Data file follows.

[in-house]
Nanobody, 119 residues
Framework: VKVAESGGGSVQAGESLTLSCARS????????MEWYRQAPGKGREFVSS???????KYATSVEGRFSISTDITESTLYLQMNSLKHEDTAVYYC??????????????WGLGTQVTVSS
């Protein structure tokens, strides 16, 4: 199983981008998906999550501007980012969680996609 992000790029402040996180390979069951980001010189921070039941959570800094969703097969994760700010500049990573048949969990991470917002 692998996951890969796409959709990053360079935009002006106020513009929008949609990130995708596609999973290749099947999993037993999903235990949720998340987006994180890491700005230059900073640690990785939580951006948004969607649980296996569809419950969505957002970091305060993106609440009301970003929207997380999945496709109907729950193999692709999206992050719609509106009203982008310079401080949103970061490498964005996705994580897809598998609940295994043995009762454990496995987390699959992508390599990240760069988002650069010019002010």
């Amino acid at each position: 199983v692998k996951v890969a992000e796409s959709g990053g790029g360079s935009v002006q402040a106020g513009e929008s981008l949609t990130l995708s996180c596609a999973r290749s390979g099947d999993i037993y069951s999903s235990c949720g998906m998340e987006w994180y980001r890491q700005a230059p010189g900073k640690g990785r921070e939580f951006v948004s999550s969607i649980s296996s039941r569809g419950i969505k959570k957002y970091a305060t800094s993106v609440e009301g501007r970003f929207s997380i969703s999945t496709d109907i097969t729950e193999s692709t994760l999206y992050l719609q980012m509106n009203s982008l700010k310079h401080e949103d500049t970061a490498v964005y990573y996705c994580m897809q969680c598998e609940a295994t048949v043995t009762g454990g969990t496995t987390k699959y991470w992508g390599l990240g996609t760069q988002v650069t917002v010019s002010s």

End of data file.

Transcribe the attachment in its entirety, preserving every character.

[in-house]
Nanobody, 119 residues
Framework: VKVAESGGGSVQAGESLTLSCARS????????MEWYRQAPGKGREFVSS???????KYATSVEGRFSISTDITESTLYLQMNSLKHEDTAVYYC??????????????WGLGTQVTVSS
């Protein structure tokens, strides 16, 4: 199983981008998906999550501007980012969680996609 992000790029402040996180390979069951980001010189921070039941959570800094969703097969994760700010500049990573048949969990991470917002 692998996951890969796409959709990053360079935009002006106020513009929008949609990130995708596609999973290749099947999993037993999903235990949720998340987006994180890491700005230059900073640690990785939580951006948004969607649980296996569809419950969505957002970091305060993106609440009301970003929207997380999945496709109907729950193999692709999206992050719609509106009203982008310079401080949103970061490498964005996705994580897809598998609940295994043995009762454990496995987390699959992508390599990240760069988002650069010019002010």
């Amino acid at each position: 199983v692998k996951v890969a992000e796409s959709g990053g790029g360079s935009v002006q402040a106020g513009e929008s981008l949609t990130l995708s996180c596609a999973r290749s390979g099947d999993i037993y069951s999903s235990c949720g998906m998340e987006w994180y980001r890491q700005a230059p010189g900073k640690g990785r921070e939580f951006v948004s999550s969607i649980s296996s039941r569809g419950i969505k959570k957002y970091a305060t800094s993106v609440e009301g501007r970003f929207s997380i969703s999945t496709d109907i097969t729950e193999s692709t994760l999206y992050l719609q980012m509106n009203s982008l700010k310079h401080e949103d500049t970061a490498v964005y990573y996705c994580m897809q969680c598998e609940a295994t048949v043995t009762g454990g969990t496995t987390k699959y991470w992508g390599l990240g996609t760069q988002v650069t917002v010019s002010s």